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Photovoltaics, IEEE Journal of

Issue 2 • Date April 2013

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Displaying Results 1 - 25 of 53
  • Table of Contents

    Publication Year: 2013 , Page(s): C1 - 598
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  • IEEE Journal of Photovoltaics publication information

    Publication Year: 2013 , Page(s): C2
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    Freely Available from IEEE
  • Accounting for Localized Defects in the Optoelectronic Design of Thin-Film Solar Cells

    Publication Year: 2013 , Page(s): 599 - 604
    Save to Project icon | Click to expandQuick Abstract | PDF file iconPDF (389 KB) |  | HTML iconHTML  

    Controlled nanostructuring of thin-film solar cells offers a promising route toward increased efficiency through improved light trapping. Many such light trapping designs involve structuring of the active region itself. Optimization of these designs is aided by the use of computer simulations that account for both the optics and electronics of the device. We describe such a simulation-based approach that accounts for experimental tradeoffs between high-aspect ratio structuring and electronic material quality. Our model explicitly accounts for localized regions of degraded material quality that is induced by light trapping structures in n-i-p a-Si:H solar cells. We find that the geometry of the defects couples to the geometry of light absorption profiles in the active region and that this coupling impacts the spectral response of the device. Our approach yields insights into the nanoscale device physics that is associated with localized geometry-induced defects and provides a framework for full optoelectronic optimization. View full abstract»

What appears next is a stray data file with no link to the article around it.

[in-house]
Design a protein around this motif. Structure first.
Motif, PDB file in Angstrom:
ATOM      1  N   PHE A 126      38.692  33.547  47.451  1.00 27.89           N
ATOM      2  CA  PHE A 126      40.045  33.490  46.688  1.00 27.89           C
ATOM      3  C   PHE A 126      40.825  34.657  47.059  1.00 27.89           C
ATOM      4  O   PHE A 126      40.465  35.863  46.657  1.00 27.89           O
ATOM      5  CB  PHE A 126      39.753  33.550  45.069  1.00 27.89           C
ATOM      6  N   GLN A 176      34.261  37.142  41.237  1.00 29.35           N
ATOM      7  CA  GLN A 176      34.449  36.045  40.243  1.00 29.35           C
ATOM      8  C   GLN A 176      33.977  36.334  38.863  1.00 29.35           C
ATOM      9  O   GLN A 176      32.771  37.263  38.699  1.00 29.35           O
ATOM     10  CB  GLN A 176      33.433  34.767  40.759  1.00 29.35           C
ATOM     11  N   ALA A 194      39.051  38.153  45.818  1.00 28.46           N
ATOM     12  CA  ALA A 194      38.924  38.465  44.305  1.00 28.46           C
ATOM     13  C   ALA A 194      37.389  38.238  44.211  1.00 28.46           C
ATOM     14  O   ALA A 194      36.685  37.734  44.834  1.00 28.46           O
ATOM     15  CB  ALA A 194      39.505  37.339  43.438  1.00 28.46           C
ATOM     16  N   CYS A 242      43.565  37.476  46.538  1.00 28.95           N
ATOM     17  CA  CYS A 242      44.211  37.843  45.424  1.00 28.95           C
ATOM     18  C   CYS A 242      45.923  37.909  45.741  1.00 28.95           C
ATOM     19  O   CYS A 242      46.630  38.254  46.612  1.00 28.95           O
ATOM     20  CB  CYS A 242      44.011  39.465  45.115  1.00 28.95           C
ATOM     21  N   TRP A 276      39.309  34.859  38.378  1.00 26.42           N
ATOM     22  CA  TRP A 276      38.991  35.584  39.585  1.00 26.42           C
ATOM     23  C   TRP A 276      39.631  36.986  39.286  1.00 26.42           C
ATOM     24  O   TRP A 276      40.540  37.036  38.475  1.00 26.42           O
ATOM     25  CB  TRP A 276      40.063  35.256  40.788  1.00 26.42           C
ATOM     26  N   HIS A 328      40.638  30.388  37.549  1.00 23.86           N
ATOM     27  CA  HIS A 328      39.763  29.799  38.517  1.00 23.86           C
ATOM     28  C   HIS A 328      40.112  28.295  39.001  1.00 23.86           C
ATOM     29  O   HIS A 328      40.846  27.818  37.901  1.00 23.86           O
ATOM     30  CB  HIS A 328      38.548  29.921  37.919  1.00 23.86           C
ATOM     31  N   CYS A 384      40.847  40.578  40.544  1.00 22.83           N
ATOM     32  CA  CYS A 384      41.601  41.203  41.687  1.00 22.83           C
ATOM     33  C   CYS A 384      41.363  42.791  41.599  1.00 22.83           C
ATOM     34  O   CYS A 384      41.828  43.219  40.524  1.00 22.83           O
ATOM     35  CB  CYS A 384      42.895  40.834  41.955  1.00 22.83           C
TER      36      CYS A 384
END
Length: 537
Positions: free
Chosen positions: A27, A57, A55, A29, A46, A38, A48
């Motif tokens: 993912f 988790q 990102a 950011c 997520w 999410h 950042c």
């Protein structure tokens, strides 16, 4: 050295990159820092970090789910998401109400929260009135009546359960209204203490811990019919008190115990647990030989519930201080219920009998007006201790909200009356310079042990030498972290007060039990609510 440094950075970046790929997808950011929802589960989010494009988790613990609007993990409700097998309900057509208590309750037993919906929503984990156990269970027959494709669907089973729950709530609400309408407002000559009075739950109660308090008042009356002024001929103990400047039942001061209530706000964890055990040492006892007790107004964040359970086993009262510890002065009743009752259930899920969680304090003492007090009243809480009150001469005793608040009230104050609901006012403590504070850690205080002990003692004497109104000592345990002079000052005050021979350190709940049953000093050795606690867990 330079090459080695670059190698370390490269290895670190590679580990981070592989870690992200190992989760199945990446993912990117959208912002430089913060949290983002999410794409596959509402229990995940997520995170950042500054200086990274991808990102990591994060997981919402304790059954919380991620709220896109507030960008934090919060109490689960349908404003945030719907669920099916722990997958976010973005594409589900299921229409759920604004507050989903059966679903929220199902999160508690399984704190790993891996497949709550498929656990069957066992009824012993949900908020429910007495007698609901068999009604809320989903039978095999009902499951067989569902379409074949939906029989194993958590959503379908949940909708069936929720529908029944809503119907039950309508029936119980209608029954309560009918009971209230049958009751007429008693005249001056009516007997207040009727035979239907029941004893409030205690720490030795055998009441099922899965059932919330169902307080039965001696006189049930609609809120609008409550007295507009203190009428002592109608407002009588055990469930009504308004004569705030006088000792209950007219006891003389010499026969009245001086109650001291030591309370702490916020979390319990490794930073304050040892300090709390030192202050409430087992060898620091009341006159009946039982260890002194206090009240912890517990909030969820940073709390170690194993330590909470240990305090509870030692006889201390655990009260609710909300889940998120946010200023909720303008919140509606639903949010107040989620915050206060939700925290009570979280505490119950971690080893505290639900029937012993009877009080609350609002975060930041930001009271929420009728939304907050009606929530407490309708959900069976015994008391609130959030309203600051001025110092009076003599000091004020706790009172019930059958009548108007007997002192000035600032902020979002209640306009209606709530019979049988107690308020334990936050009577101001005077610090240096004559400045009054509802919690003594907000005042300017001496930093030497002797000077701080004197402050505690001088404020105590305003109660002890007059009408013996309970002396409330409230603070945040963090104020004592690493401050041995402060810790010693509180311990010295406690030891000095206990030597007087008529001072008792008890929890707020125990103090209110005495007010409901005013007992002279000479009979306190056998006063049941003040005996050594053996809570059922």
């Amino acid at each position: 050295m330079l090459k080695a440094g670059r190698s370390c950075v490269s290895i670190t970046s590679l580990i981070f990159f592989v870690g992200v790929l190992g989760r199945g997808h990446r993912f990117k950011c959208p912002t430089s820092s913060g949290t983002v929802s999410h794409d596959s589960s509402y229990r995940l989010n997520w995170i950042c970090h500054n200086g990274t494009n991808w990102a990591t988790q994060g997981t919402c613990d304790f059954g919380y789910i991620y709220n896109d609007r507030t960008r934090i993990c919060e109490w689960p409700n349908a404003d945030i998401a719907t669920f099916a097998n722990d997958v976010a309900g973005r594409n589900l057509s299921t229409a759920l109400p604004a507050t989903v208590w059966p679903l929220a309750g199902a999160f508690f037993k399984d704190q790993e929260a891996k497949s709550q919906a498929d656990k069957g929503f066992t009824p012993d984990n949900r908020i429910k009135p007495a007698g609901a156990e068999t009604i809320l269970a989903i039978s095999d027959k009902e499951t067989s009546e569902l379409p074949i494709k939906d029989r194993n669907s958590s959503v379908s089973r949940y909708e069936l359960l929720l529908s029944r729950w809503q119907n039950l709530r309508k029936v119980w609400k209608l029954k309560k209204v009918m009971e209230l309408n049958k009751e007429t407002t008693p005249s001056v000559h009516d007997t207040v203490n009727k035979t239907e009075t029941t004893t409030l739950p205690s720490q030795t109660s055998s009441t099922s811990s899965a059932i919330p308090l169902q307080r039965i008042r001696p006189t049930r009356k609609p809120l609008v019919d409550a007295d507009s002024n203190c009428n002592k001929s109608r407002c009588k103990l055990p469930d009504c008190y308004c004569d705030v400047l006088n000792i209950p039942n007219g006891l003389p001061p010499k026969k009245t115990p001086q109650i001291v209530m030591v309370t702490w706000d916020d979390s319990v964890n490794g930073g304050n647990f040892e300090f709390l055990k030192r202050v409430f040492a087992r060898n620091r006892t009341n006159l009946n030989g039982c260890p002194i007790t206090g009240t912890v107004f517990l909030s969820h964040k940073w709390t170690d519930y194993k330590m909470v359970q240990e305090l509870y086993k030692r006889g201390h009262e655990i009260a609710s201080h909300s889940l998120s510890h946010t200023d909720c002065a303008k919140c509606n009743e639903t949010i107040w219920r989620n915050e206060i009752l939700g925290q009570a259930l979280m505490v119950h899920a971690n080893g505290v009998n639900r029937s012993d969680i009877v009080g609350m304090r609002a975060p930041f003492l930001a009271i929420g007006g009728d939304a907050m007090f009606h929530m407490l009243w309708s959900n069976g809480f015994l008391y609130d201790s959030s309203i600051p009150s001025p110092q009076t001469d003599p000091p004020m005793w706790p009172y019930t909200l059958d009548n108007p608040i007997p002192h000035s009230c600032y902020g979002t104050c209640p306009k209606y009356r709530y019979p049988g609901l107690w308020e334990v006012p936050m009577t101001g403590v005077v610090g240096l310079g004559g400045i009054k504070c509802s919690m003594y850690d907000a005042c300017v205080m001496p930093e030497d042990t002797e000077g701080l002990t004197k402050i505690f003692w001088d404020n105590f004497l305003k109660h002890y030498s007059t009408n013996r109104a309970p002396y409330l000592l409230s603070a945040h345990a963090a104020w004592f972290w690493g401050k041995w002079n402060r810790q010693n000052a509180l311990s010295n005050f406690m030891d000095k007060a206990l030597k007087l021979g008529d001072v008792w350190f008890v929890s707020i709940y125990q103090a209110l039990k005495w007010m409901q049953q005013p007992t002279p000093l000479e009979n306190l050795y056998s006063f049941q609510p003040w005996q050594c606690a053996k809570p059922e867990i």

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  • Light Scattering Enhancement by Double Scattering Technique for Multijunction Thin-Film Silicon Solar Cells

    Publication Year: 2013 , Page(s): 605 - 612
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    Light trapping is an important technique to increase the efficiency of thin-film silicon solar cells. Textured surfaces are known to scatter sunlight while it passes through thin-film solar cells, thereby increasing the optical pathlength and, thus, the photon absorption in the devices. In this paper, microtextured glass superstrates were prepared by the aluminum-induced texturization (AIT) method. These superstrates achieve high transmission haze values of up to 60% while maintaining a high total optical transmission. We demonstrate that both the surface structure and the roughness of the textured glass surface can be controllably adjusted by changing the AIT process parameters. Approximately 900-nm-thick aluminum-doped zinc oxide (AZO) films are deposited onto the microtextured glass surfaces by magnetron sputtering and then further textured using wet-chemical etching in diluted HCl, creating an AZO surface that features both micrometer-scale and submicron-scale structures. Optical spectroscopy and goniophotometer measurements reveal that the light scattering capability of the substrates increases significantly due to the wet-chemical AZO texturization. The combination of microtextured AIT glass, together with the submicron-textured AZO, could be very attractive for high-efficiency double-junction micromorph thin-film Si solar cells, whereby the amorphous Si top cell benefits significantly from the AZO's submicron texture and the microcrystalline Si bottom cell benefits primarily from the microtextured glass surface. View full abstract»

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  • Recombination and Optical Properties of Wet Chemically Polished Thermal Oxide Passivated Si Surfaces

    Publication Year: 2013 , Page(s): 613 - 620
    Cited by:  Papers (1)